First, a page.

While many speculated that Los Angeles Laker’s star Kobe Bryant would retire at the end of the 2015-16 season, Jesse Sandler did not want to take a chance on missing Bryant’s final NBA game.
In November, Sandler purchased four tickets to the Lakers’ final home game in April, not knowing if the game would be Bryant’s final time taking the Staples Center court. On Nov. 29, Bryant announced the 2015-16 season would be his final NBA season, making the Lakers’ April 13 battle against the Utah Jazz his career finale.
Luckily for Sandler, he already had purchased his tickets through StubHub, paying $900 for four tickets. Soon after Bryant’s announcement, tickets for the April 13 game skyrocketed to $1,500 apiece for similar tickets.
So it appeared Sandler’s foresight caused him to hit the jackpot, right? Think again.
Sandler told The Lead Sports that he received an email on Dec. 15 informing him that his tickets were no longer valid, and that he would receive a full refund in addition to a $100 credit.
StubHub is a secondary ticket provider that lets seat holders sell their tickets to sporting events and concerts at market value. The market value before Bryant’s announcement for the April 13 game was much lower than after he make his decision public.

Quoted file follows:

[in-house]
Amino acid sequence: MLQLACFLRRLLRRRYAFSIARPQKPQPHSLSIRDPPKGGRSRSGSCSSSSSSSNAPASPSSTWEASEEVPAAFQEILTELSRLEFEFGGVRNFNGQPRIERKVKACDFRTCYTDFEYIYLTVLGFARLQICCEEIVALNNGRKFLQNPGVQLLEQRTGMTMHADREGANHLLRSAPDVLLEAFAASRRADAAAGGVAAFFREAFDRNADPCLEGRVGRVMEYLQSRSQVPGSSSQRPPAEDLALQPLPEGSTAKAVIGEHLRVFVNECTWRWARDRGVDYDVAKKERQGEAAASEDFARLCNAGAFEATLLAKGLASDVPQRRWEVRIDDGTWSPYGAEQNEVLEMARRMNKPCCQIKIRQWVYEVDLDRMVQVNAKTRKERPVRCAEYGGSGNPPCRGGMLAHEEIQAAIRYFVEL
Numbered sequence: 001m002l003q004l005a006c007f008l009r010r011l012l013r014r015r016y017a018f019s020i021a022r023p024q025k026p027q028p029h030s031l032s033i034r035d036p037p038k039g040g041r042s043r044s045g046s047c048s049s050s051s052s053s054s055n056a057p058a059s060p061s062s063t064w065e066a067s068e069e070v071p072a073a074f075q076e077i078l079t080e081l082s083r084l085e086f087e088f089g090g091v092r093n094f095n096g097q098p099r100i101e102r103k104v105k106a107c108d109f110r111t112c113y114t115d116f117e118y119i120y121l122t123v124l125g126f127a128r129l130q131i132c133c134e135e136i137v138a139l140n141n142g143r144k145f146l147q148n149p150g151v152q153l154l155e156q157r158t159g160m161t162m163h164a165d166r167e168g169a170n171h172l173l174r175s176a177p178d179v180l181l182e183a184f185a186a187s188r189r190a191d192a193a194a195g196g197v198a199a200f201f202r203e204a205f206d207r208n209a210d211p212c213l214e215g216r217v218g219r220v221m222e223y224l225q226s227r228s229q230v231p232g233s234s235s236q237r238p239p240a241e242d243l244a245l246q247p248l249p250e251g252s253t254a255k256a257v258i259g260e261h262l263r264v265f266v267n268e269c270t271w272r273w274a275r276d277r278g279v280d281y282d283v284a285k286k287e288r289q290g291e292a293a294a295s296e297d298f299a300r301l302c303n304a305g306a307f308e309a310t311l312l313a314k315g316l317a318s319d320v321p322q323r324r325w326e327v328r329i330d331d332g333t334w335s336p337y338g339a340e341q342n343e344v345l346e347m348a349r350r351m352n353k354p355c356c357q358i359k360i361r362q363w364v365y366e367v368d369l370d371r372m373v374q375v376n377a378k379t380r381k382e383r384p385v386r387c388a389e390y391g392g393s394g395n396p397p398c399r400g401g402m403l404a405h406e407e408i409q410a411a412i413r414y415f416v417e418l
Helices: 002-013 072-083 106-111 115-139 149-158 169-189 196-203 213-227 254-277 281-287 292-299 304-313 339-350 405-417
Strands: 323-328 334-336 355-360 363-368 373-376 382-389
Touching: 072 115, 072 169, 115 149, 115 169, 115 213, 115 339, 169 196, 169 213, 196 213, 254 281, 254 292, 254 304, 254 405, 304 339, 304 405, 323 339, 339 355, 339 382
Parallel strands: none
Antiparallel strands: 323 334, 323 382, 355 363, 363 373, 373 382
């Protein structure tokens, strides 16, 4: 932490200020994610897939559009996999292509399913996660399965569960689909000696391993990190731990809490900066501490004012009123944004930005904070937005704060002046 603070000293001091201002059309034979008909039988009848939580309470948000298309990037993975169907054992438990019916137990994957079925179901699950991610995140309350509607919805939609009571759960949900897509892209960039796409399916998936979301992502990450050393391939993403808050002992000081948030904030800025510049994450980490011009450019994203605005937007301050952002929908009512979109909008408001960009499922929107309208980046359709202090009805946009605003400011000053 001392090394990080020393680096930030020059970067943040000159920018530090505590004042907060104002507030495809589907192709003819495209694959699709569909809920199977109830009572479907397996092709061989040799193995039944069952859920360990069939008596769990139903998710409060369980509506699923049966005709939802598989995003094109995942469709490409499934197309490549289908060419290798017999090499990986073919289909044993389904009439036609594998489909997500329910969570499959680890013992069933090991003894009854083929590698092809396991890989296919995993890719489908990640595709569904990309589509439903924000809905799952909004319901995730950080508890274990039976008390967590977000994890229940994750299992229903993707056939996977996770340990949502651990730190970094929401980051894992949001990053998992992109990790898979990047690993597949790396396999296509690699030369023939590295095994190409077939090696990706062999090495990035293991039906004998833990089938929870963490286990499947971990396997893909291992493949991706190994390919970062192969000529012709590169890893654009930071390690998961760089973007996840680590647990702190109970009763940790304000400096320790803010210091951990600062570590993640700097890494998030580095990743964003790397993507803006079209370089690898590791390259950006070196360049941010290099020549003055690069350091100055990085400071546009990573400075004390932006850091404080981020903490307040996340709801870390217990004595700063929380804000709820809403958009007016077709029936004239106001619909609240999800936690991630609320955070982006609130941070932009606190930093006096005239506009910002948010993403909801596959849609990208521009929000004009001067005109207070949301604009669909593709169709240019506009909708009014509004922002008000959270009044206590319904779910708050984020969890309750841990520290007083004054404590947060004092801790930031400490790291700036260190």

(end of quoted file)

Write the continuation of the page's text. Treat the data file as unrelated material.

After receiving a few emails from StubHub, Sandler called StubHub’s customer service center. StubHub offered him $250 in credits in addition to his refund.
Sandler said he was still unable to afford the market value for the game.
After talking to a representative from StubHub, he found out that the seller had withdrawn the tickets. As a result of cancelling the sale, the seller is banned from StubHub and forced to pay 20 percent of the original ticket cost. With those tickets increasing in value by at least 500 percent, the penalty was not enough to keep the seller from backing out.
“It also means that no tickets you ever buy on StubHub – ever – are actually your tickets,” Sandler told The Lead Sports. “The seller can just change his mind at any time and take them back. This makes no sense and reveals their entire operation as a complete sham.”
While this is definitely a case of buyer beware, it appears StubHub might be helping Sandler get into the final Lakers game of the year.
“We shot an air ball on this one. Rest assured we'll take care of Jesse & get him to the game,” StubHub responded on Twitter. “We hold our sellers to a very high standard and we don’t condone market manipulation.”
Justin Boggs is a writer for the E.W. Scripps National Desk. Follow him on Twitter @jjboggs.